Credits

Created by Michael Dickinson, English 634, Spring 2013. Taught by Professor P. Gabrielle Foreman, University of Delaware.

Edited by Carolyne King, English 641, Spring 2016. Taught by Professor P. Gabrielle Foreman, University of Delaware

Edited and Revised by Samantha de Vera

References

  1. James A Handy. 1902. Scraps of African Methodist Episcopal History. (Documenting the American South. University Library, The University of North Carolina at Chapel Hill, July 24, 2000. Link), 346-7;  Ancestry.com, Philadelphia, “James G. Bias,” Pennsylvania, Death Certificates Index, 1803-1915,” Ancestry.com Operations, Inc., 2011.
  2. While the Eclectic Medical College of Pennsylvania has come to be regarded as a fraudulent enterprise, it was once a reputable medical school. At the time Bias attended, the college was reputable. “Swindling,”Capitalism by Gaslight: The Shadow Economic of 19th-Century America, Library Company of Philadelphia, 2012. Link
  3. Martin R. Delany, The Condition, Elevation, Emigration, and Destiny of the Colored People of the United States, Susan Shell, et al eds., (Project Gutenberg 2012), chap. 6.; Charles H. Wesley, “Jonathan Davis and the Rise of Black Fraternal Organizations,” The Crisis 84, no. 3 (1977), 113.
  4. William Parker. The Freedman’s Story: In Two Parts. (Documenting the American South. University Library, The U of North Carolina at Chapel Hill), 295. Link
  5. William Parker. The Freedman’s Story: In Two Parts. (Documenting the American South. University Library, The U of North Carolina at Chapel Hill), 295. Link.
  6. Ibid.
  7. “Proceedings of the 1855 National Colored Convention,” (Salem: National Standard, 1856), 8, 27; “Selections. The Colored Convention: Report of the Committee on Education,” The North Star (Jan 21, 1848), Assessable Archives.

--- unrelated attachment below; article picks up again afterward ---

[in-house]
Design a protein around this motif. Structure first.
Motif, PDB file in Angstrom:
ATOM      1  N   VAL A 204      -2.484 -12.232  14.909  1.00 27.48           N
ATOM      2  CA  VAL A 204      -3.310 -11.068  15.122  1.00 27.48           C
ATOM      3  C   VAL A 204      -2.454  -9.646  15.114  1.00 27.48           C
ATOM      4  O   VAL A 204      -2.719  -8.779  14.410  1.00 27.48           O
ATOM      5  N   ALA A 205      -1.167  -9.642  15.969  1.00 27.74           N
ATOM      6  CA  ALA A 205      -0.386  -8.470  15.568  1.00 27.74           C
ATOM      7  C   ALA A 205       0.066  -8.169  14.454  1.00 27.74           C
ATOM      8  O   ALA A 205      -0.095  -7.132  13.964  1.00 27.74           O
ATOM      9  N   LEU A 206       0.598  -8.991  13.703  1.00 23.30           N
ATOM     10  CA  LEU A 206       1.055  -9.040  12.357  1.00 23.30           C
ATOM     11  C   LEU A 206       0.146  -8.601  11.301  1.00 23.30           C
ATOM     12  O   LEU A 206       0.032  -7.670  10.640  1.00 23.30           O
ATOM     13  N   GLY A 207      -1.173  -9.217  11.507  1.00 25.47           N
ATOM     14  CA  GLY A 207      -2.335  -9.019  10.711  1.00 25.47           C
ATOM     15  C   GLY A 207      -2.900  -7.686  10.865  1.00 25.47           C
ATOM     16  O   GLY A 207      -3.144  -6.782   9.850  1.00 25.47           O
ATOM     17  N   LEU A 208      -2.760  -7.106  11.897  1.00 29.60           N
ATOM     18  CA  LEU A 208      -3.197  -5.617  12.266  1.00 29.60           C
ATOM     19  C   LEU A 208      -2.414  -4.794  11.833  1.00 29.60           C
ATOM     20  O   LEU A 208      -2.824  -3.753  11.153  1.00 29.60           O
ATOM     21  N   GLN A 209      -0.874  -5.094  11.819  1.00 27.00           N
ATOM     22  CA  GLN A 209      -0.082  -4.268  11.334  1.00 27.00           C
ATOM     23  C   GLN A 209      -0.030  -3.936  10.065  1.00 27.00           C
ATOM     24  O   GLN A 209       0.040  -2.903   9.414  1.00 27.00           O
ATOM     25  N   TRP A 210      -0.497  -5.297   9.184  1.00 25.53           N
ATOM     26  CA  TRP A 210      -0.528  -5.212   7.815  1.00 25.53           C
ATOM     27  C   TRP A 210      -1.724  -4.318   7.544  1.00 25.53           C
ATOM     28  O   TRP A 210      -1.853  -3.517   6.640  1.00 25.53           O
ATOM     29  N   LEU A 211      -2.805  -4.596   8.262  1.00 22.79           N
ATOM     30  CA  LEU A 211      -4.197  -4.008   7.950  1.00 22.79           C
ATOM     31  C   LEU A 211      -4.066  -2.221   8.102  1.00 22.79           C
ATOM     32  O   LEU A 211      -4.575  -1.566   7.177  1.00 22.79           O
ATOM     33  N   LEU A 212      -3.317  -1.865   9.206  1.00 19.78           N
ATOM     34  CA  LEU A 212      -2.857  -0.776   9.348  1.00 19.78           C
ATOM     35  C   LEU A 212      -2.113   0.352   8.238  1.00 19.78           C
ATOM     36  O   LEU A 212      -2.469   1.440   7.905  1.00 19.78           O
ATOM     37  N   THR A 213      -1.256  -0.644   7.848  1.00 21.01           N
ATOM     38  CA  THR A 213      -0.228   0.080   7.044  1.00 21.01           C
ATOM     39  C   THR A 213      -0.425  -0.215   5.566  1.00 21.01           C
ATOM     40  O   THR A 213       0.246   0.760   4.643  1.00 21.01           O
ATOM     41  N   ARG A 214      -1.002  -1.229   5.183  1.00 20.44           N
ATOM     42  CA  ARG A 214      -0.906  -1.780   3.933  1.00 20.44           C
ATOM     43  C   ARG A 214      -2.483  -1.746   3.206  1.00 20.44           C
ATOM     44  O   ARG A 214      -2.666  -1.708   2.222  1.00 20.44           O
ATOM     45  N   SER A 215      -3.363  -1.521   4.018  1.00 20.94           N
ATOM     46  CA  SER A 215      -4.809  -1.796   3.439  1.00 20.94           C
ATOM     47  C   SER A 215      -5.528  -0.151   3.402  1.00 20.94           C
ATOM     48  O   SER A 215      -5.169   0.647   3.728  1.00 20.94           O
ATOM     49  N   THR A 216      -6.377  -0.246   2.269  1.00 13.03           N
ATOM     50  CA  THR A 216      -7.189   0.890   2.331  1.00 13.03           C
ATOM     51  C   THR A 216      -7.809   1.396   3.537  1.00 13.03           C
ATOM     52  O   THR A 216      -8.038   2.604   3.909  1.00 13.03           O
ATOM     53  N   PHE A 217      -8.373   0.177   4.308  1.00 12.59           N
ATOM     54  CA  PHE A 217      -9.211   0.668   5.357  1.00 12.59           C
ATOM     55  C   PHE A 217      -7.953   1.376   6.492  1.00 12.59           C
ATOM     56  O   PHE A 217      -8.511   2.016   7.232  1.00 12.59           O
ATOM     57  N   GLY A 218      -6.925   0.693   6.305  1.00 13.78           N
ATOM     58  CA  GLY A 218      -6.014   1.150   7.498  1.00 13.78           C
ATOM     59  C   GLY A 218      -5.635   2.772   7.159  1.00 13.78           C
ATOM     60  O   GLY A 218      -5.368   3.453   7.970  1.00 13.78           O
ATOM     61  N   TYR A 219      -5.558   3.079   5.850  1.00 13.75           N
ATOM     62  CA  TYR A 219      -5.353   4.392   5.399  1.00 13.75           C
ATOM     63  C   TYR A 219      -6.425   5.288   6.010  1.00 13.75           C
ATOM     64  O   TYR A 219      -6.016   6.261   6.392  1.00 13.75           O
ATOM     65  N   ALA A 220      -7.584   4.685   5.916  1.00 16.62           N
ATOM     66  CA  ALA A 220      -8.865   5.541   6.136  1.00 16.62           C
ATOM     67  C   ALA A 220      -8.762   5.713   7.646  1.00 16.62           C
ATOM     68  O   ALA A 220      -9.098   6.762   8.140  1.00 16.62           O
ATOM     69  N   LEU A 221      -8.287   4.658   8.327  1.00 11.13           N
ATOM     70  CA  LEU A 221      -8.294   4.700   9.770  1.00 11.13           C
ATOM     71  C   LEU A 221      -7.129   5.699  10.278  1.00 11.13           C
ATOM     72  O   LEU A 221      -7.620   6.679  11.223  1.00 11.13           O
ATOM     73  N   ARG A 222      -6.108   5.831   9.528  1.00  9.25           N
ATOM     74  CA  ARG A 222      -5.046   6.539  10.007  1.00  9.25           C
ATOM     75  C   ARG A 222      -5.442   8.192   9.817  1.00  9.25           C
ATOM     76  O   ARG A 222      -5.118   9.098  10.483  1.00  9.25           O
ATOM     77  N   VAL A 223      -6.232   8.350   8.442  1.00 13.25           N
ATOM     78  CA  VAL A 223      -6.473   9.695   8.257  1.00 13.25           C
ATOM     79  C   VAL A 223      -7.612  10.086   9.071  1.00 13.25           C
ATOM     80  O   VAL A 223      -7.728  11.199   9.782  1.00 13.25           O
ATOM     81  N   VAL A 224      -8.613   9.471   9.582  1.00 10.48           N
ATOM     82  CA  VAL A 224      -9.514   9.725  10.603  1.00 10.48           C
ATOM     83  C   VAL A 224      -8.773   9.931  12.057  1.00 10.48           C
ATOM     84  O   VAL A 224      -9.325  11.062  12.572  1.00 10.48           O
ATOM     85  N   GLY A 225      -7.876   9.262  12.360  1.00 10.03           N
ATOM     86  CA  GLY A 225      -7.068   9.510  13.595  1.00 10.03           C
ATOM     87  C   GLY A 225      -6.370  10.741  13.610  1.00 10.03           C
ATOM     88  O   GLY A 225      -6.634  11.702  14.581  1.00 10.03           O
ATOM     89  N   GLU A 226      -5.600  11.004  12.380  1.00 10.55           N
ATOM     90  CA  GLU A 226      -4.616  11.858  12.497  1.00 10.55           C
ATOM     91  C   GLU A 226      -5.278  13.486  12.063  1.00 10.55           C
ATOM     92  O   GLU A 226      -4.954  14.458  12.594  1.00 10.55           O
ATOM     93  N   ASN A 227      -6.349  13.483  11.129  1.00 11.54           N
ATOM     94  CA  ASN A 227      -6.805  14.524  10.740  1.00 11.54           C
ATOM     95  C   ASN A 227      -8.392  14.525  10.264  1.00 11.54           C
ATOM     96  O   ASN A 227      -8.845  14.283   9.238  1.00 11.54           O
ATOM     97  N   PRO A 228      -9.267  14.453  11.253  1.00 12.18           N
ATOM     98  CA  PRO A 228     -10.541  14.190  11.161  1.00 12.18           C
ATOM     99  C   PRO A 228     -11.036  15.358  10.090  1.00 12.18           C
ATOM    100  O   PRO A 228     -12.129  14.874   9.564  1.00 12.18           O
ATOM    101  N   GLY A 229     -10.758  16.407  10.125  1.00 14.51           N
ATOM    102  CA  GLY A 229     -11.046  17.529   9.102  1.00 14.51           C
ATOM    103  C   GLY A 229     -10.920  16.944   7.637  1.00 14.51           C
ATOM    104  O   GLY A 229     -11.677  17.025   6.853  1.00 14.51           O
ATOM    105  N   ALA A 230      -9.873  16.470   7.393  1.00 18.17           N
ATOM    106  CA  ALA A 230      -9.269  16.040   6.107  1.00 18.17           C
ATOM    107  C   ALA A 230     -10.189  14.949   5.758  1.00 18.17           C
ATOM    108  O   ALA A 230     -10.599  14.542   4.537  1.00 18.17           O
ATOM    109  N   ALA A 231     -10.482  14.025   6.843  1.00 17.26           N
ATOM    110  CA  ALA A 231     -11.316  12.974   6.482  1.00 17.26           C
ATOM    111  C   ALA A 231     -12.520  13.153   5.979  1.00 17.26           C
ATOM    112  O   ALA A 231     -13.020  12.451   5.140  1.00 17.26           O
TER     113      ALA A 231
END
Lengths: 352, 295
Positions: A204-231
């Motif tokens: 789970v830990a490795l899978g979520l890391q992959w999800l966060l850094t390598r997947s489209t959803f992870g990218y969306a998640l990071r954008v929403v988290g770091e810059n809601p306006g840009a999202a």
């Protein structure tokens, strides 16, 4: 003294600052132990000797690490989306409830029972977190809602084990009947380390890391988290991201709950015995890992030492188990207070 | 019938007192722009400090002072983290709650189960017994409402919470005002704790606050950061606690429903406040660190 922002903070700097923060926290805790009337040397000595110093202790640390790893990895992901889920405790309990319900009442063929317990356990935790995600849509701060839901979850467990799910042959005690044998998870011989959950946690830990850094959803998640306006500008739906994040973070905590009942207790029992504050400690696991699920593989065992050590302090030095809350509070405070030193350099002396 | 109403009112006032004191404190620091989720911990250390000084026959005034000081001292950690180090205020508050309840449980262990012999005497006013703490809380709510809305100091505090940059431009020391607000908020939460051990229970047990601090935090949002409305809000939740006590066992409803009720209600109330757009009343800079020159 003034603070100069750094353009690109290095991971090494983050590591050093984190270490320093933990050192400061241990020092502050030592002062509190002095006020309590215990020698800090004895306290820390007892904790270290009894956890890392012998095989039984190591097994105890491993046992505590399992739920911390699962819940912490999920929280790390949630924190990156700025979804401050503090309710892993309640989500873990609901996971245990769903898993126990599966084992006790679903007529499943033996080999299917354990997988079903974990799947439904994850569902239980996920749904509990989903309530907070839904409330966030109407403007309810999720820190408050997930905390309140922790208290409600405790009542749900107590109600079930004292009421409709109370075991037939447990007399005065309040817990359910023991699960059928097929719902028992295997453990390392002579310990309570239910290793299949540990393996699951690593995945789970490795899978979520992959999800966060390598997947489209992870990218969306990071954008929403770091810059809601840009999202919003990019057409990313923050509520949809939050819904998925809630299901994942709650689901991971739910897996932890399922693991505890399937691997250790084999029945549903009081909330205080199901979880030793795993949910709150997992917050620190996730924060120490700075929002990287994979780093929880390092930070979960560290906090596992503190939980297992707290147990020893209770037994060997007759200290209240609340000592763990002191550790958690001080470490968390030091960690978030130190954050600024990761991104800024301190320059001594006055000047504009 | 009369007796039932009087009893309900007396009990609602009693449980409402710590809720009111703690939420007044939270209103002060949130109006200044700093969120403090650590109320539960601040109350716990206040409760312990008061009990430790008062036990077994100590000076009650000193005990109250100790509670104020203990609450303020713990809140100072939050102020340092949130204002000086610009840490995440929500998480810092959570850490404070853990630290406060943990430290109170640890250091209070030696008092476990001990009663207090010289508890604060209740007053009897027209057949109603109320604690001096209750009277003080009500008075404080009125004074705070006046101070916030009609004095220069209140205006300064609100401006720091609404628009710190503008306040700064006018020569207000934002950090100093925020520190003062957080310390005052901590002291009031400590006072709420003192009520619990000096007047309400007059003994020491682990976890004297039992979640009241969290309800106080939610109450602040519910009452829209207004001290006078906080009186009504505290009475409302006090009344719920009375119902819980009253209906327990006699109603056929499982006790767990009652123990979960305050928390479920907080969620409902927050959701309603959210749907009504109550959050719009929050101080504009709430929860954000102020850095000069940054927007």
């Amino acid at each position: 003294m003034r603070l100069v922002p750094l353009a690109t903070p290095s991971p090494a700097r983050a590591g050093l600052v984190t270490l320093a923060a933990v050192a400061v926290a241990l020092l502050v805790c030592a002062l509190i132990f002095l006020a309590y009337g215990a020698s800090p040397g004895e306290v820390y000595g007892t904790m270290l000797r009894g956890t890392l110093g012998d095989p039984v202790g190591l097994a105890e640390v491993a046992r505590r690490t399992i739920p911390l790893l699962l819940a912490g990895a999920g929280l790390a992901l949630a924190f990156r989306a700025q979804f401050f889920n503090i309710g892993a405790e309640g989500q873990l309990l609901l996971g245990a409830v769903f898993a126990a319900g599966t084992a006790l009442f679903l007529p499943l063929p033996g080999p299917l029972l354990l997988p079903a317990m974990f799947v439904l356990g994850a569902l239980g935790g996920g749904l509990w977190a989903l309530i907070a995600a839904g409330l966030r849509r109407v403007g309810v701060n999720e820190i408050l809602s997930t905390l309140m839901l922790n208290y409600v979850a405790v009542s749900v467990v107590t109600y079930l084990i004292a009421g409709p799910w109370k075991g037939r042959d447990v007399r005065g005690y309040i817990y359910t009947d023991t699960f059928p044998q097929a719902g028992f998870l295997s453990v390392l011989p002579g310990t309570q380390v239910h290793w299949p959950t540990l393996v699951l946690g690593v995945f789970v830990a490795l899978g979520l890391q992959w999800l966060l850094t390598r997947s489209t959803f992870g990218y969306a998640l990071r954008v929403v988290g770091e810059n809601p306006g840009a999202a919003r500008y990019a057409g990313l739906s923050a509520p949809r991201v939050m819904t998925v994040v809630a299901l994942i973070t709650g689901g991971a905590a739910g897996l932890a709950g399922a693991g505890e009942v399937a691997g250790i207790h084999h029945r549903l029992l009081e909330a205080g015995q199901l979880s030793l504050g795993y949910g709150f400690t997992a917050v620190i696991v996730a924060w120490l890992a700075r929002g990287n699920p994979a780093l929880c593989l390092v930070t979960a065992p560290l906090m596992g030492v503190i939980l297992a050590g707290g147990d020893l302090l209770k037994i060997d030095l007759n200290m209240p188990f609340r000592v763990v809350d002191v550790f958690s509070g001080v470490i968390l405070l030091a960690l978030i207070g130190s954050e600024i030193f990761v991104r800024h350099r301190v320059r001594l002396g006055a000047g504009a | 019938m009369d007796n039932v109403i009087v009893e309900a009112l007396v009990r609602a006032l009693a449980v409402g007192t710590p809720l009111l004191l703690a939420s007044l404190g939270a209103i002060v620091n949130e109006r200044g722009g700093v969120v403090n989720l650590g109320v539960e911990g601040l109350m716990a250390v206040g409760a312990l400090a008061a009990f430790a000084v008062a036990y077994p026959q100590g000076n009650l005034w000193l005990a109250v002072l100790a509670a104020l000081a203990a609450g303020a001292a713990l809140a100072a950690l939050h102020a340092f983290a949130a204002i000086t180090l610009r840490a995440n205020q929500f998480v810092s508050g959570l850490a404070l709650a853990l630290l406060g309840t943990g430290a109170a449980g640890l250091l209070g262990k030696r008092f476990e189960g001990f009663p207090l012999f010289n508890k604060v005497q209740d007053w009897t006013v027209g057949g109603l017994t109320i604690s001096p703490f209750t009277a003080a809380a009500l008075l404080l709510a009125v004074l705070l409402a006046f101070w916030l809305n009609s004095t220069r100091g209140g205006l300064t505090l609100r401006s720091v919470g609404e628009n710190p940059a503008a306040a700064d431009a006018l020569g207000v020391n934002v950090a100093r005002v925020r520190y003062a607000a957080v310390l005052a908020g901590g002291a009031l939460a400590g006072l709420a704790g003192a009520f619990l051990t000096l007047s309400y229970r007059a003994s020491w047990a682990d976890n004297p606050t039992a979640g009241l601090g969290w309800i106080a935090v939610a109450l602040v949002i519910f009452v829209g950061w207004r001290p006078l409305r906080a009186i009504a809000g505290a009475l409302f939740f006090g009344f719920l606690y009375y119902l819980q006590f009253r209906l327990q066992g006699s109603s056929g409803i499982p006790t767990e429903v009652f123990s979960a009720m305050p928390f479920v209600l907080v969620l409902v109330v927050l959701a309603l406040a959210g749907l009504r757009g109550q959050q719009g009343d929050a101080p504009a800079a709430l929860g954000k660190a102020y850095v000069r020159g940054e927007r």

8. Joseph Cox, Great Black Men of Masonry, (Lincoln: iUniverse, Inc., 2002), 49; Handy, “Scraps of African Methodist Episcopal History,”346; Martha S. Jones, All Bound Up Together: The Woman Question in African American Public Culture (Chapel Hill: University of North Carolina Press, 2007), 75-7.
  9. Daniel R. Biddle and Murray Dubin, Tasting Freedom: Octavius Catto and the Battle for Equality in Civil War America (Philadelphia: Temple University Press, 2010), 200; Wesley, “Jonathan Davis and the Rise of Black Fraternal Organizations,” 116.
  10. Delany, The Condition, Elevation, Emigration, and Destiny of the Colored People of the United States, ch. 6; Kelly Miller, A Review of Hoffman’s Race Traits and Tendencies of the American Negro The American Negro Academy, Susan Shell, et al eds.,(Project Gutenberg 2010), 21-2; W.E.B. DuBois, Philadelphia Negro(New York: Cosimo, Inc., 2010), 422. 
  11. Biddle and Dubin, Tasting Freedom, 88, 93. 
  12. Jones, All Bound Up Together, 75-7; “Great Anti-Colonization Meeting” The North Star (April 29, 1852), Accessible Archives; Louis R. Mehlinger, “The Attitude of the Free Negro Toward African Colonization,”Journal of Negro History 1, no. 1 (1916), 180-1.